Only the hostage, Frank, (Brian McCann) speaks consistently, a Surrey English the character has trained himself to enunciate.

Burke’s play ranges far and wide. Politics, cosmonauts, the Sixties. Philosophy. Anger. Rage. No intermission. A good thing but it needs trimming. The actors give their all and then some in the side venue of the Adrienne.

Amaryllis is devoted to accessibility for all. Inis Nua (pronunce: Inish New-a) to contemporary plays from Ireland, Scotland, Wales, England.

The accents sound self- conscious, not always, just often enough. The hardest to ‘get’ is McLenigan’s. He’s the guy with a chip and surely psychosis. He enjoys violence. Gary’s voice is thick and rough. He talks mean, which is credible. The part has some book talk which could be credible, the Irish (and English) know their reading matter and the stuff about Sartre and Genet would interest a violent mind. Still it gives pause…

If you can make it through the first- half hour, the production should repay the effort; McCann (Frank) is superb as the steadfast hostage from Surrey, the irony as secure as the Surrey accent. Kevin Meehan (Tom) is convincing as the fumbling youth. Delaney (Eddie) goes in and out of conviction ( and accent) as a failed socialist, anarchist, wannabe sensitive.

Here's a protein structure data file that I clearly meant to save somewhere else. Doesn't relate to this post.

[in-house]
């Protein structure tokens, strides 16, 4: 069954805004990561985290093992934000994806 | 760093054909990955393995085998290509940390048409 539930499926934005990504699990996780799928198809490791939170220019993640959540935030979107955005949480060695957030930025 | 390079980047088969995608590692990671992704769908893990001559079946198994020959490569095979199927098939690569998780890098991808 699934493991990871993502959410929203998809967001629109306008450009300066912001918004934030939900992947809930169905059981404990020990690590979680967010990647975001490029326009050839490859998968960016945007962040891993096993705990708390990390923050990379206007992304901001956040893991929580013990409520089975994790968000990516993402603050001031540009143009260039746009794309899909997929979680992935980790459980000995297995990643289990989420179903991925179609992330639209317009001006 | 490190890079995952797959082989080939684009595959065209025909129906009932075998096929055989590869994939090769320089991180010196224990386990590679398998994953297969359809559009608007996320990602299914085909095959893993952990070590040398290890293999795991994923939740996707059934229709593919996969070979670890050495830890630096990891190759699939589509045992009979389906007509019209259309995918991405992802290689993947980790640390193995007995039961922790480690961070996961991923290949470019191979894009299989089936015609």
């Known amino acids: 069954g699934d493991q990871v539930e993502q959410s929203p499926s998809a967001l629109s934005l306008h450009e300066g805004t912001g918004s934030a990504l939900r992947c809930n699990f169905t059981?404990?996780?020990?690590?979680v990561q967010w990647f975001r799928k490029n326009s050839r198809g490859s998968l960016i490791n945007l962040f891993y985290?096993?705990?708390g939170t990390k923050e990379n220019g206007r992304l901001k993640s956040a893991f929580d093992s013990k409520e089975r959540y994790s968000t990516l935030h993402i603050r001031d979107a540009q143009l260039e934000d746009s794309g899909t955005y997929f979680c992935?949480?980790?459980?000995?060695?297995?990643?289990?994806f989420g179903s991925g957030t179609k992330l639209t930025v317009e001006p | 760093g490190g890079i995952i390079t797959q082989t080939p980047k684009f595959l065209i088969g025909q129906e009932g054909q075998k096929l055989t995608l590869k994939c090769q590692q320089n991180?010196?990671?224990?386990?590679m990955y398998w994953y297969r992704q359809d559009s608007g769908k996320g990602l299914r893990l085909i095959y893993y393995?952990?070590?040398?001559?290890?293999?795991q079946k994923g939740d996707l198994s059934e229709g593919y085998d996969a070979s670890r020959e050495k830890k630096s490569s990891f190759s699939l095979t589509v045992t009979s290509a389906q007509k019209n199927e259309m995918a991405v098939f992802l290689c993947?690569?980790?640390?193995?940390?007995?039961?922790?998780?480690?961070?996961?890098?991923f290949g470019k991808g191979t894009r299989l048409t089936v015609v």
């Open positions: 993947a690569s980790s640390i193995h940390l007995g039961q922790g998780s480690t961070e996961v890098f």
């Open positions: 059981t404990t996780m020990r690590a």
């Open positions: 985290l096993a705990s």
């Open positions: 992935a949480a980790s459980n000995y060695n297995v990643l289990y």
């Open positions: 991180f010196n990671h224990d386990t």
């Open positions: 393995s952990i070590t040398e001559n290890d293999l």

Tom Reing, Inis Nua’s artistic director, directs the brutal, provocative Gagarin Way. His way (and McLenigan’s) with the final scene in this shoebox of a venue is masterful.

Written by Lesley Valdes

January 21, 2010 at 3:50 pm

Posted in 1, Art, Drama, Good Reads

Becky Shaw at the Wilma

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Becky Shaw
by Gina Gionfriddo
Jan. 6-Jan. 31
The Wilma

Slippery characters trying (sometimes) to be better than they are will keep you laughing at the Wilma Theater as they make their way through a morass of money, class and family. <emBecky Shaw, by Pulitzer finalist Gina Gionfriddo, has parallels to Thackeray’s Vanity Fair, and his anti-heroine, Becky Sharp. It’s a comedy of manners, set in contemporary Manhattan and Beantown (one scene in Providence, RI.). Hell breaks loose when newlyweds Suzanna (Danielle Skaarstaad) and Andrew (Armando Riesco) introduce Andrew’s down- on- her- luck friend Becky Shaw (Brooke Bloom) to Suzanna’s oldest and best pal Max, a money manager.